Effective use of telehealth is not simply about proper use of the technology. It’s about maintaining a human touch — despite the remote nature of digital visits. Patients deserve as much attention, sensitivity to unspoken needs, and concern for outcomes, whether they are streaming a video or sitting in an exam room. Often, this is the cause of patient concerns about telemedicine.
So, how can physicians practice empathy as care increasingly migrates to digital environments?
Addressing Patient Concerns with Empathy
Recently the AMA brought together Dr. Adrienne Boissy, Dr. Jen Horonjeff, and Stacy Lloyd, in a panel moderated by Dr. Todd Unger for their regular “AMA COVID-19 Update” video series. Their discussion focused on making empathy a primary goal during the ongoing integration of telehealth within primary care.
Timothy Smith, Senior News Writer at the American Medical Association summarized the discussion of patient concerns about telemedicine:
“Adopting telemedicine now, is, and will be, essential for clinical practices for the foreseeable future, for delivering care and as a source of revenue (once seen as supplemental, increasingly becoming vital). Some patients may struggle more measurably with this form of care, but all patients will require empathy in telehealth delivery for the best possible outcomes. As physicians look to create meaningful connections in their telehealth encounters, what roles should patient input and feedback play?”
Dr. Adrienne Boissy, chief experience officer at Cleveland Clinic Health System, who has presented previously on empathy and healthcare for a TED talk, adds “If you really think about empathy at an operational scale — which is making life easier for patients, reducing suffering, reducing time spent waiting — digital tools have enormous potential.”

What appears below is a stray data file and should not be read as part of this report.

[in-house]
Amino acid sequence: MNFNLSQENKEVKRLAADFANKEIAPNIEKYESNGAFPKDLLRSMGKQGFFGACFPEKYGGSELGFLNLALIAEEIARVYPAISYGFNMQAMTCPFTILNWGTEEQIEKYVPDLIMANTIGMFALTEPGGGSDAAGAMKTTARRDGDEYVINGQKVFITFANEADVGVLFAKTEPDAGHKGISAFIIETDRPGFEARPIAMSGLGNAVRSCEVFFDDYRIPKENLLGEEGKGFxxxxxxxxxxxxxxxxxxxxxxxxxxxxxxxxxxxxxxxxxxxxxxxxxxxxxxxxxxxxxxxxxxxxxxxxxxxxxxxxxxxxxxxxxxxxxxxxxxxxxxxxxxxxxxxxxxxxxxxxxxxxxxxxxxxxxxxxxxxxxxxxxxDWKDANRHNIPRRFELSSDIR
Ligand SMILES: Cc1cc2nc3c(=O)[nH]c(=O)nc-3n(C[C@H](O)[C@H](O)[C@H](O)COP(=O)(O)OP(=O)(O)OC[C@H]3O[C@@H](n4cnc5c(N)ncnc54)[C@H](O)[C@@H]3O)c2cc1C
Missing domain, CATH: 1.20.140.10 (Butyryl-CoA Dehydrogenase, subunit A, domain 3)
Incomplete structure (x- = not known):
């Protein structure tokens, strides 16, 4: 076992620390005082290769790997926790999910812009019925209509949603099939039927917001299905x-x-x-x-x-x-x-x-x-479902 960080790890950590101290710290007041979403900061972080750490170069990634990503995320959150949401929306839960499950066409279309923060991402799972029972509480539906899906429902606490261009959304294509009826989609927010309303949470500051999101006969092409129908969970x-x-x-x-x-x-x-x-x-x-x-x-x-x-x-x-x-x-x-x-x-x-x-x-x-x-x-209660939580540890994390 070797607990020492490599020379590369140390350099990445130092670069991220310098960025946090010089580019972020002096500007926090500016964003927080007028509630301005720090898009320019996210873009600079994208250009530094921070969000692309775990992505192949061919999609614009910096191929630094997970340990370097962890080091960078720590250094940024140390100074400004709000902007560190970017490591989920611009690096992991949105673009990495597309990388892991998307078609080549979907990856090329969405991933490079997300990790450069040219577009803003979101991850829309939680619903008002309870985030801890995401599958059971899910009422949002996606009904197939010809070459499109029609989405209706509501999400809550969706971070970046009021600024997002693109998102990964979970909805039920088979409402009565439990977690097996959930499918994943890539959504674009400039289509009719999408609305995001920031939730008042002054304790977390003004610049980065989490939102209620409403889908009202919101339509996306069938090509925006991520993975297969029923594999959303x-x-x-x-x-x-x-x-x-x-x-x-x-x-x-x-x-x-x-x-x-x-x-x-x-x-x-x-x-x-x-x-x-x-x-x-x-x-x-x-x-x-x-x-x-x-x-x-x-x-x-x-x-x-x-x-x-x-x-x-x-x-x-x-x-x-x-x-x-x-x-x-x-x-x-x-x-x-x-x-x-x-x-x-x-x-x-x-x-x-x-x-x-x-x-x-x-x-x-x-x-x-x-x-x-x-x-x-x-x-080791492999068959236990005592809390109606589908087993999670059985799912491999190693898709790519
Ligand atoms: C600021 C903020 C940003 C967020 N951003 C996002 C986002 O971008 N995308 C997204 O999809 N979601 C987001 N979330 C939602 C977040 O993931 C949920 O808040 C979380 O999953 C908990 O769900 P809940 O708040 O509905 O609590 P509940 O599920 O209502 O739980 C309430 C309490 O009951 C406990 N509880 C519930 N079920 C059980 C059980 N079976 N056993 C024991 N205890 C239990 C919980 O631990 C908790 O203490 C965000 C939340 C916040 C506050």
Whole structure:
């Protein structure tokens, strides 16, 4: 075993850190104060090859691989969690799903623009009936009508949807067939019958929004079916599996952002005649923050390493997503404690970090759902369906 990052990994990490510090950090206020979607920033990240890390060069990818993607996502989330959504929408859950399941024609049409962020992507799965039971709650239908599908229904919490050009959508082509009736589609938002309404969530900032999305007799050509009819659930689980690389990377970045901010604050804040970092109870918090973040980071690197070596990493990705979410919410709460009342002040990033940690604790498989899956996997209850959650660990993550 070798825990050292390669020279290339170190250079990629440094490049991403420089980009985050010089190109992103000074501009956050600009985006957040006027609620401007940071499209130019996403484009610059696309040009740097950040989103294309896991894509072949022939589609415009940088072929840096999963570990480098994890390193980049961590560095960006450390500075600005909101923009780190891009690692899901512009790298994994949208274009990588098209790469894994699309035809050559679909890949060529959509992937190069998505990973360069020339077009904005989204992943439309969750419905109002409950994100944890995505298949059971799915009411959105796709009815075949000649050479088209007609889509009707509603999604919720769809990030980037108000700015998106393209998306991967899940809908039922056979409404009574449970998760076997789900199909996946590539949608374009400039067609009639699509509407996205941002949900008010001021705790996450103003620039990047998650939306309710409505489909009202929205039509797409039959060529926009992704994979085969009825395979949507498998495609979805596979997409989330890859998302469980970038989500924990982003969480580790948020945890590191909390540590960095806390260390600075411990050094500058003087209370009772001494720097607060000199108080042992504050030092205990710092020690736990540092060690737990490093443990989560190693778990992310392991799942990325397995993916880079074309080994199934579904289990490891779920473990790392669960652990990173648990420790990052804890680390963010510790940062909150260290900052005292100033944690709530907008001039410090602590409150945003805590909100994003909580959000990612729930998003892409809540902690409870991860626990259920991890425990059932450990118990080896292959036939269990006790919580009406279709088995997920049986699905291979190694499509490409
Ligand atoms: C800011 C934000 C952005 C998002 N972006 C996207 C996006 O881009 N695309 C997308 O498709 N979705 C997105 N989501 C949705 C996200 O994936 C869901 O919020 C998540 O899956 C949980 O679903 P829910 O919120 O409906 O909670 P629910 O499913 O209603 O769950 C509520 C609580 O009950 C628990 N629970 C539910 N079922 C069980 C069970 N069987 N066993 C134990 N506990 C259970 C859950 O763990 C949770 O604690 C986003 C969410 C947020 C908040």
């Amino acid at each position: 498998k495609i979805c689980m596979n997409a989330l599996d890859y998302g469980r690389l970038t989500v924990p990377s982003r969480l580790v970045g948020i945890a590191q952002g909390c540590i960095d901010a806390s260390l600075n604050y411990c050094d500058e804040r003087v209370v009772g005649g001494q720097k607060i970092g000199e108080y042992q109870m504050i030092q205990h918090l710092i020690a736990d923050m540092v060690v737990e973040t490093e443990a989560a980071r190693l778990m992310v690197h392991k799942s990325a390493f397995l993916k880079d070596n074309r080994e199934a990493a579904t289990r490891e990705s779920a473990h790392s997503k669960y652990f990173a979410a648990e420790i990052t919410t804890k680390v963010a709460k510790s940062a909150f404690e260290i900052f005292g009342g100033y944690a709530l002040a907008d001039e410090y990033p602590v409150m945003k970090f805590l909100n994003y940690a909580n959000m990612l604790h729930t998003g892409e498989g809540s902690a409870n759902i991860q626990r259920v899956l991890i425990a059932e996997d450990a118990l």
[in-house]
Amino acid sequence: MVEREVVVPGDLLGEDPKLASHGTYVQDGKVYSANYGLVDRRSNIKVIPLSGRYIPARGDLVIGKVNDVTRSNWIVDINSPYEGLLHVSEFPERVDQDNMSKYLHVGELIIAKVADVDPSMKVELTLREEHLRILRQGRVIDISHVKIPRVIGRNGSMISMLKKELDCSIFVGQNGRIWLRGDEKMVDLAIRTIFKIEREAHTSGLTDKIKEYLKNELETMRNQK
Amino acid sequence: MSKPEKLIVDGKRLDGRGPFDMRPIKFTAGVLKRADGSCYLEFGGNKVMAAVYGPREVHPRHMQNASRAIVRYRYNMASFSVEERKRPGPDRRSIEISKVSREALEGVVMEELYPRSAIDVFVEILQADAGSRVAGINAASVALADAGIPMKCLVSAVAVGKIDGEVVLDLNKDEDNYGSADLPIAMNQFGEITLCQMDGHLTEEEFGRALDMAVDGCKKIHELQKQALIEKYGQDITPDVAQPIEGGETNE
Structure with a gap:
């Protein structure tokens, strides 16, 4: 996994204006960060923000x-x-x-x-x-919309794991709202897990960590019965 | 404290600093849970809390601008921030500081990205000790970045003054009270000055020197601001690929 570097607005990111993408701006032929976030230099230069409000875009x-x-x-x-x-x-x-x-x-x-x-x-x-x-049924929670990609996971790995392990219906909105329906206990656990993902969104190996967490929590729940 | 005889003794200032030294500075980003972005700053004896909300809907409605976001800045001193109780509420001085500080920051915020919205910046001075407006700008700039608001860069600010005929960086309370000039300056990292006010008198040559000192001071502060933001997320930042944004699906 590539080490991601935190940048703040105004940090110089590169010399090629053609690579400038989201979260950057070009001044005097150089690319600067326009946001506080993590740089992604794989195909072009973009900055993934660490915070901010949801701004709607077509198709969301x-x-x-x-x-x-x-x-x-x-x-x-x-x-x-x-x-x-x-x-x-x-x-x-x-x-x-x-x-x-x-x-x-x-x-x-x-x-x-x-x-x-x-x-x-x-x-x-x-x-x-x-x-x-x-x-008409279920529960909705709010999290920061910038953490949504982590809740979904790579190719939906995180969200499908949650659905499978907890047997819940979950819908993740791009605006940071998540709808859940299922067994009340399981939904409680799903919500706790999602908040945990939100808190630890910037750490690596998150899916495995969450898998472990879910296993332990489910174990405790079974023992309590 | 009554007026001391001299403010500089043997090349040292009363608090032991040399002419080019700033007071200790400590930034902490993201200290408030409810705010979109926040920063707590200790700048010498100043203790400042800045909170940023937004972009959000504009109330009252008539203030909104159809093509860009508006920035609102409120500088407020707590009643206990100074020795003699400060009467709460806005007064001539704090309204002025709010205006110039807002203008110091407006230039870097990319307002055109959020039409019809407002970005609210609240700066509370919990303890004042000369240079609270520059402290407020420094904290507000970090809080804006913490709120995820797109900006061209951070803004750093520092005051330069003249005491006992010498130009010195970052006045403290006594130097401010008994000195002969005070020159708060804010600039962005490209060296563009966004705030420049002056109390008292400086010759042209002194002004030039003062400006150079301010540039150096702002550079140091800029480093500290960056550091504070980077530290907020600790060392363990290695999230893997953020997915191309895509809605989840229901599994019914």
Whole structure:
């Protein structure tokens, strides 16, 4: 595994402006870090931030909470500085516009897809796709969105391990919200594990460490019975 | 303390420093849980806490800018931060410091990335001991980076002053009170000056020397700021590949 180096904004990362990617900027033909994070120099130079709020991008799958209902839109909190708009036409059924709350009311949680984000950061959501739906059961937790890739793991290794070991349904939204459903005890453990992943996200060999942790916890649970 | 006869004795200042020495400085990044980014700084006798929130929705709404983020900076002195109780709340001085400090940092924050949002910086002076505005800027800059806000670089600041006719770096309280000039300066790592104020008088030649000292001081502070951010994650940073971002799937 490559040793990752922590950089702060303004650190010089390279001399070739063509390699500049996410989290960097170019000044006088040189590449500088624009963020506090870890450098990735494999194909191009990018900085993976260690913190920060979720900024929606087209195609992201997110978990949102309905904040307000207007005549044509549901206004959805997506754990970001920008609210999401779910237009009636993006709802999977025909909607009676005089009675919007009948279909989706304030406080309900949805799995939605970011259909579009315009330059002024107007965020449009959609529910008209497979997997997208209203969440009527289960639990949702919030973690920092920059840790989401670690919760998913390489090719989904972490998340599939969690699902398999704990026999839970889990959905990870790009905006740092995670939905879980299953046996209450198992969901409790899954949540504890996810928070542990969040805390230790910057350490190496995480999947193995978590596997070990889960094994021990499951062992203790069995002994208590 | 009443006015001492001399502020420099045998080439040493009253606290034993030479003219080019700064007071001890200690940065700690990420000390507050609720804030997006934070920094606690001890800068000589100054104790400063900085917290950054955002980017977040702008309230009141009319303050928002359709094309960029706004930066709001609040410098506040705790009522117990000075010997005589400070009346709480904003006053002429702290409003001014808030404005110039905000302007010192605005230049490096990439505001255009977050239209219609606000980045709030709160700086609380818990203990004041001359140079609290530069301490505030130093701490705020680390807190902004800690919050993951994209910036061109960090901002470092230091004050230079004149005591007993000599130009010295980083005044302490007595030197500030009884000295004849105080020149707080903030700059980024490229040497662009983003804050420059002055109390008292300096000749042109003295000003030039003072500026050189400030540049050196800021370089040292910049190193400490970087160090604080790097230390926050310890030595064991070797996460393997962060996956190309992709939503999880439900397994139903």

Empathy can be defined as imagining another person’s experience. When offering the options of either, Dr. Boissy says, “in-person or virtual, they’ll say, ‘I need to see you.’”
Telemedicine for Primary Care — Not Substitute Care
Ultimately, if telehealth is approached as the best means of supporting a patient outcome, rather than a fallback option only because in-person visits aren’t available, then considerations for how to optimize the experience emerge.
The digital experience is much more than videoconference examinations or consultations, which was discussed by the AMA panel:
“COVID is changing everything from the way we check-in patients, home check-in, home co-sign, home co-pay” and so on. These nascent digital tools and processes can ease pain points for patients — again, approaching these with patient-centered empathy rather than business-centered necessity leads to a better outcome for all.”
Telehealth has unparalleled potential for improving health, including increased access to care. Consumers who require urgent response also prefer telemedicine to travel (or waiting until open office hours). For underserved regions, telehealth solves the problem of a paucity of specialists, nationwide.
Providers and hospitals are still learning how to best deploy digital solutions to improve patient care. However, there is reason to be optimistic about telehealth adoption. Stacy Lloyd says that according to a study by the AMA, physicians are more likely to adopt tools if they enhance the relationship with a patient, and if a tool “keeps them safe and reduces burnout and pain and burden on their end.”
Addressing patient concerns could improve cognitive health
As Dr. Boissy says in the conversation, being able to figure out which tools are the right tools for the right relationship, and the right person, is a responsibility of the provider.
Neurocognitive diseases exacerbated by reduced social contact and isolation crystallize the need for greater access and a “more human” user experience for cognitive care. Telemedicine solutions can offer both, so long as the user experience is based on an empathetic understanding of the realities of how a patient interacts with the remote testing tool and its necessity in delivery of care and monitoring of neurocognitive health.
Remote cognitive testing using BrainCheck provides an identical experience to what patients experience in clinic. Whether used for remote or in-clinic cognitive assessment, the platform is fast, accurate, and easy to use. And recent research has shown BrainCheck to be equally effective when used remotely.
The importance of cognitive care hasn’t changed in the face of the pandemic. But how practices provide care has. With a focus on empathy and BrainCheck, practices everywhere can implement telemedicine and continue providing this essential care.